As with most open source projects, it’s very hard to get a measure of who/how/where/why Jetty is being used a deployed.  Downloads long ago became meaningless with the advent of many available bundling and distribution channels.   The Netcraft Web Survey is one good measure, as it scans the internet and identifies which server sites run. In the results released April 2008, Jetty is identified for 278,501 public server, which is 80% of the market share of our closest “competitor” tomcat (identified as coyote in the survey). Jetty is currently 12th in the league table of identified servers of all types and will be top 10 in 6 months if the current trajectory continues.

I normally don’t like to paint Jetty as directly competitive to Tomcat, and instead focus more on the differences between the containers.  However, in this case there is a direct comparison as the Netcraft  numbers show the servers that are directly connected to the internet and using their own  HTTP implementations.  Jetty has been gaining on average 9000  such servers per month for the last 12 months!  (or 2500 per month since Jetty 2 first appeared in the survey in December 1998 – (Jetty-1 didn’t serve an ID)). Obviously our features and flexibility are having good traction over the last decade! 

Of course, this is not the full picture, as many more instances of the servers are deployed on private networks, are some of the 3 million servers that don’t advertise their ID, or are proxied behind the 83 million Apache servers.  None the less, the servers that are directly connected is an interesting and important measure.  More over, given Jetty’s flexibility and embeddability, we would expect a healthy ratio between public and hidden servers.  Jetty’s inclusion in the Eclipse IDE from 3.3 probably gives us millions of installs alone, and we are used in many more projects and applications and an option for deployment in Geronimo, JBoss, JOnAS, and Glassfish EE servers. Of course these arguments mostly also apply to Tomcat and it too would have many hidden installations and almost certainly a greater proportion of the servers that are behind apache, but on this 1 measurable comparison I’ll just have a little gloat at our continued gains.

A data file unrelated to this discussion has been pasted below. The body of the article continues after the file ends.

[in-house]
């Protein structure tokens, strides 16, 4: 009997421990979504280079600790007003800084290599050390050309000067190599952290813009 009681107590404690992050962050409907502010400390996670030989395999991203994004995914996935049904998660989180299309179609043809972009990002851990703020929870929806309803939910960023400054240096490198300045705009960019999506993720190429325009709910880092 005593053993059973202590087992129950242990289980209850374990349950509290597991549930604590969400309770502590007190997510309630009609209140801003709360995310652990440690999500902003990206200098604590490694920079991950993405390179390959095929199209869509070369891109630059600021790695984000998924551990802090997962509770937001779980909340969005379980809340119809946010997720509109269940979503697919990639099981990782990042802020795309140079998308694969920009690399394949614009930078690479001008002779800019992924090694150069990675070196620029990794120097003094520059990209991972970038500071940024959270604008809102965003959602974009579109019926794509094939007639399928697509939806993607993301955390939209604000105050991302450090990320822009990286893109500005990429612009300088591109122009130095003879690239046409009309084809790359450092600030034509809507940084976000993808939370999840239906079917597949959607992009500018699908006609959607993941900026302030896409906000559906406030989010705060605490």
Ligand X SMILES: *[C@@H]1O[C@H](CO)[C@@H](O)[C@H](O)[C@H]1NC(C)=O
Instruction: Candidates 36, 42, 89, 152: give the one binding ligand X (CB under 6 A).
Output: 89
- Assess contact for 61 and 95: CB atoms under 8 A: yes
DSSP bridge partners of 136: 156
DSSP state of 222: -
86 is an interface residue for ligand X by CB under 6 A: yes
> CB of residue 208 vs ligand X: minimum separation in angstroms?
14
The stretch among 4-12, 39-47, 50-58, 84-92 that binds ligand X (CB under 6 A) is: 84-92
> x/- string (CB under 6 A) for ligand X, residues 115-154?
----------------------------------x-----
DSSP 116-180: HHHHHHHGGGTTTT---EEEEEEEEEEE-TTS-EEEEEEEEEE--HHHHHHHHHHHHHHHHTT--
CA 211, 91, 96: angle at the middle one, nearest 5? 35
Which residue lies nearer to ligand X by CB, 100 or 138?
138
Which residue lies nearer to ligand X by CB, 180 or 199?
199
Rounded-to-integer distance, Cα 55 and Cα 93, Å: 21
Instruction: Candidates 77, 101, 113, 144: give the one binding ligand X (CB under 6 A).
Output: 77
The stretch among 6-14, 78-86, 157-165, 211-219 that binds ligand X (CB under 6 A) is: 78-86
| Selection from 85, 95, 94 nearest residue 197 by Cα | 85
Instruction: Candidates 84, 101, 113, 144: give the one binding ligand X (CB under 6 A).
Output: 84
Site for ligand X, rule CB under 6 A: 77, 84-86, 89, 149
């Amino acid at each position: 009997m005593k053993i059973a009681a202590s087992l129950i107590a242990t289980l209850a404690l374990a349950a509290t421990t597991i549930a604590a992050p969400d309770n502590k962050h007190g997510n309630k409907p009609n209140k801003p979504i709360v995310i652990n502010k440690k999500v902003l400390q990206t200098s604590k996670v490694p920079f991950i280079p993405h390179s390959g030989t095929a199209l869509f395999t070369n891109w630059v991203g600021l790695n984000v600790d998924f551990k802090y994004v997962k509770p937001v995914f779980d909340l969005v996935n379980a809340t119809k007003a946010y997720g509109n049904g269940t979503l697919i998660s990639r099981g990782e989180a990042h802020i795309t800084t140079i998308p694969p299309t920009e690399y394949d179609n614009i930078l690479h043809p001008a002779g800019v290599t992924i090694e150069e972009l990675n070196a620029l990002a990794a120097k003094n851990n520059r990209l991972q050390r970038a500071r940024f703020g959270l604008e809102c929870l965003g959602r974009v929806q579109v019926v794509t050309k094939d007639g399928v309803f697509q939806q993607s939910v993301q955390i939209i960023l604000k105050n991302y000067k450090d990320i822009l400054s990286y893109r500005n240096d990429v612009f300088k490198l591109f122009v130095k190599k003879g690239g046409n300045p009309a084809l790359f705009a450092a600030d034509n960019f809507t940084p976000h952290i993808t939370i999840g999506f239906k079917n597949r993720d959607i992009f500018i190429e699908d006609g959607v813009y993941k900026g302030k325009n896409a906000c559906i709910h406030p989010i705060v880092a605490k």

The Jetty project continues to innovate and integrate, so we hope and expect to continue attracting new users:

  • Our asynchronous features are likely to be adopted by Servlet 3.0 and we will soon have a pre-release of Jetty-7 to  show them.
  • Jetty is available for the google android mobile phone and has created the possibility of micro servers in your pocket complete with web accessible media repositories, cameras and  PDA functions.
  • Our OSGI and spring integration continues to improve.
  • Our implementation of Cometd/Bayeux continues to improve and offer scalable Ajax Comet Push for Web 2.0 applications.
  • The hightide bundle is providing a long term versioned supported distrobution.

We will be holding a Jetty Birds-of-a-feather session at JavaOne this May, so we invite all of those 278501 users to come along and hear about ongoing Jetty development and to tell others about their Jetty experiences.   Webtide will also have a booth at JavaOne, so please seek us out there if you want to hear about our commercial services and offerings.

Jetty Improves in Netcraft survey (again)

5 thoughts on “Jetty Improves in Netcraft survey (again)

  • April 11, 2008 at 3:04 am

    congrats – this is great to see! I hope you aren’t obliged to buy all those 278000 users a beer at the BOF 🙂

  • April 11, 2008 at 3:46 am

    278000? Don’t forget the 501…. 502….. 503…..  a new Jetty server every 5 minutes!

    And I’m not 100% on this, but I think with OSS the free beer flows the other way.    But  then drinking 2785xx beers is probably going to be worse than buying them.

  • April 11, 2008 at 4:35 am

    I can’t speak for the other 278500 users, but I tried Tomcat first, and Jetty is simply more lightweight and much easier to configure. I’ve been a satisfied user for a few years now. It’s a great product!

  • April 16, 2008 at 2:38 am

    Hi Greg, can you explain how you’re arriving at the Tomcat #?  I followed the Netcraft link and found the ~278K figure for Jetty, but didn’t see anything for Tomcat.



  • April 17, 2008 at 2:10 am

    Hi Savio,

    As Greg says in his blog, tomcat identifies as Coyote in the survey.


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